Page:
"What are you doing here?" Khamul asked.
"I am here on the Lord Morion's orders to destroy this village and ensure a man known as Leod and his son are slain."
"You're too late," Khamul said. "Leod's dead."
"And his son?" the goblin asked.
Yes or no? Either way, the orcs weren't turning back until the village was rubble. And there were far too many of them for the villagers to fight.
"I don't know," Khamul said. "I didn't really stop by to see them."
"Very well. Burn the village," the goblin said to his orcs. "Leave no one alive."
"Hang on," Khamul snapped as the orcs tensed, ready to charge. "I'm a Nazgul! Let me handle this."
"Lord Morion's orders were very specific," the goblin said.
"I'll bet they were. But I outrank you. And I say Leod is dead and I'll handle his son!"
"I have my orders," the goblin snarled. "Get out of my way or we'll run you down."
A goblin dared to give her orders! Khamul drew her sword. "I'll cut your filthy head off!" she screamed.
The goblin rolled his eyes and kicked his warg. The beast bolted down the hill, quickly followed by hundreds of others. Even the wargs – blood-mad creatures that they were – avoided Khamul and her horse, and they managed to escape the fray disoriented, but alive and unharmed.
"Treacherous scum!" Khamul snarled as she watched plumes of smoke go up from the village. "Filthy goblin trash! I'm going to kill him!"
"You won't get the chance to," Eorl hissed.
Khamul whirled around. Eorl was seated on the fine horse she'd seen in the stables. He rode bareback but seemed completely at ease. His clothes were bloody, but his spear was dripping red.
"This isn't my fault," Khamul hissed. "My superior," She hated that word, "ordered it!"
"Why?" Eorl shouted. "Why did he want the village burned? We didn't do anything wrong!"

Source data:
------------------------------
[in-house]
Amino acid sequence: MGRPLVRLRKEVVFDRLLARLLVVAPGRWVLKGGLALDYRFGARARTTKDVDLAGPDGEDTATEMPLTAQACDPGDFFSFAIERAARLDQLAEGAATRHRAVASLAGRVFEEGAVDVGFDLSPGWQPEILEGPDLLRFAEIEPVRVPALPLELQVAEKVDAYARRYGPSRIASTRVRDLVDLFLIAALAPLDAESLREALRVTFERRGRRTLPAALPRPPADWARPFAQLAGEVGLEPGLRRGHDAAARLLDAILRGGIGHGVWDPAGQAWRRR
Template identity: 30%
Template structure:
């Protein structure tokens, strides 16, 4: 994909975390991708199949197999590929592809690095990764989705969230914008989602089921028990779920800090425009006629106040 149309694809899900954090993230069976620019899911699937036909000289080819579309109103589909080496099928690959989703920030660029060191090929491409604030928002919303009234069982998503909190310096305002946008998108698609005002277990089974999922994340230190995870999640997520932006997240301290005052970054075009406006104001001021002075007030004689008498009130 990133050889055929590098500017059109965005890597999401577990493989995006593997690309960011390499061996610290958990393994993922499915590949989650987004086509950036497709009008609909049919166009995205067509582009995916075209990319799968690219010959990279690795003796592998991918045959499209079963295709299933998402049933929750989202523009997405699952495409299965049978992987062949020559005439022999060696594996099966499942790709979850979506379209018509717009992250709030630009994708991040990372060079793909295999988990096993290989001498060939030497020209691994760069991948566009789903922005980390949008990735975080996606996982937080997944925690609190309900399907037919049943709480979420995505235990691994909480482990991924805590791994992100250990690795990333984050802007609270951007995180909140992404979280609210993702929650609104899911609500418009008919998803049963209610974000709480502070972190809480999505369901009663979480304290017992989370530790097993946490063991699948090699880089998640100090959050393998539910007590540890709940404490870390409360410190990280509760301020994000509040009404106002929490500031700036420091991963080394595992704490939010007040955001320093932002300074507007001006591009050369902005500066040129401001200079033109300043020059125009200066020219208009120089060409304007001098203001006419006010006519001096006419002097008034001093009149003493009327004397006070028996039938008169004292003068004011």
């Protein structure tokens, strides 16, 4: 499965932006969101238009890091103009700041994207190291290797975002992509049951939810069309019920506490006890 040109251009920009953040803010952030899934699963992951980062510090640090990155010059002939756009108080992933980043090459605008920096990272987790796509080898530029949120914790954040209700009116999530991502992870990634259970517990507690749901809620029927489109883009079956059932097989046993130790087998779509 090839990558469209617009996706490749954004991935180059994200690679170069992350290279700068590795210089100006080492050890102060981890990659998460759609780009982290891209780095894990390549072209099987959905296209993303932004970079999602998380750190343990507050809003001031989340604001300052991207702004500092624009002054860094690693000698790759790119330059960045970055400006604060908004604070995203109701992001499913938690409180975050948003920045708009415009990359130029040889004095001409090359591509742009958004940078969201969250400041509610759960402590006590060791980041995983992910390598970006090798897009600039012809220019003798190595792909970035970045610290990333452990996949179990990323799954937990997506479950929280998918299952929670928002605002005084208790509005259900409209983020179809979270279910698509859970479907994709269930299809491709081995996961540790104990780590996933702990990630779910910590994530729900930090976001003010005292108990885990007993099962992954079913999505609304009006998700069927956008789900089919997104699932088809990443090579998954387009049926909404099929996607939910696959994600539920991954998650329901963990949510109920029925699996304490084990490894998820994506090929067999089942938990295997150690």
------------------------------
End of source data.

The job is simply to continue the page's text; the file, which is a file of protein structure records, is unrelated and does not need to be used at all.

"I don't know! He ordered it, and it got done! Nobody questions orders!"
Eorl looked down at his home. "Everyone's dead," he said. "Felarof saved me from a pack of orcs and he ran here."
Khamul was about to ask who Felarof was. Oh, it's the horse, she thought. He named his horse? Well, the boy's bound to have some peculiarities.
"You say this isn't your fault," Eorl said, gesturing to the burning village. Behind his grief-stricken eyes, despite his youth, there gleamed the cunning spark of a mastermind.
"No…" Khamul agreed warily.
"Yet it occurred on your superior's orders. Therefore, I ask you to help make amends."
"Yes. My people live scattered throughout these lands. Help me rally them together."
"Why? For what purpose?"
Eorl's eyes hardened. "Our lands are no longer safe if orcs may roam so freely and attack without fear."
"And you think you can change that?"
"I know I can. I have a plan. Help me fulfill it and I will discharge you from any debt you have because of this."
"I have so much blood on my hands a little more isn't going to hurt," Khamul said.
"But wouldn't you like to wipe some of it off?"
Khamul snorted. "If I was to turn as good as Varda today, it would take the rest of eternity to clean my hands of blood."
"You certainly aren't going to get anywhere if you don't try," Eorl said. "Help me. Your superior said nothing about helping me, did he?"
"Actually, he said to kill you," Khamul said. And I'm beginning to see why, she thought.
Eorl chuckled. "Well then, go right on ahead. If you can."
"I didn't spare your life outside the tavern just to kill you now," Khamul said. "But I won't help you rally your people."
"Very well," Eorl said. He looked back down at his village and the orc hordes. "They have much to pay for," he said, his voice quiet and taut with fury. "This is personal now."
And woe betide anyone who makes things personal with Eorl, Khamul thought. Or any of his descendants, I'll be guessing. Probably find out, too.
This is a work of fan fiction, written because the author has an abiding love for the works of J R R Tolkien. The characters, settings, places, and languages used in this work are the property of the Tolkien Estate, Tolkien Enterprises, and possibly New Line Cinema, except for certain original characters who belong to the author of the said work. The author will not receive any money or other remuneration for presenting the work on this archive site. The work is the intellectual property of the author, is available solely for the enjoyment of Henneth Annûn Story Archive readers, and may not be copied or redistributed by any means without the explicit written consent of the author.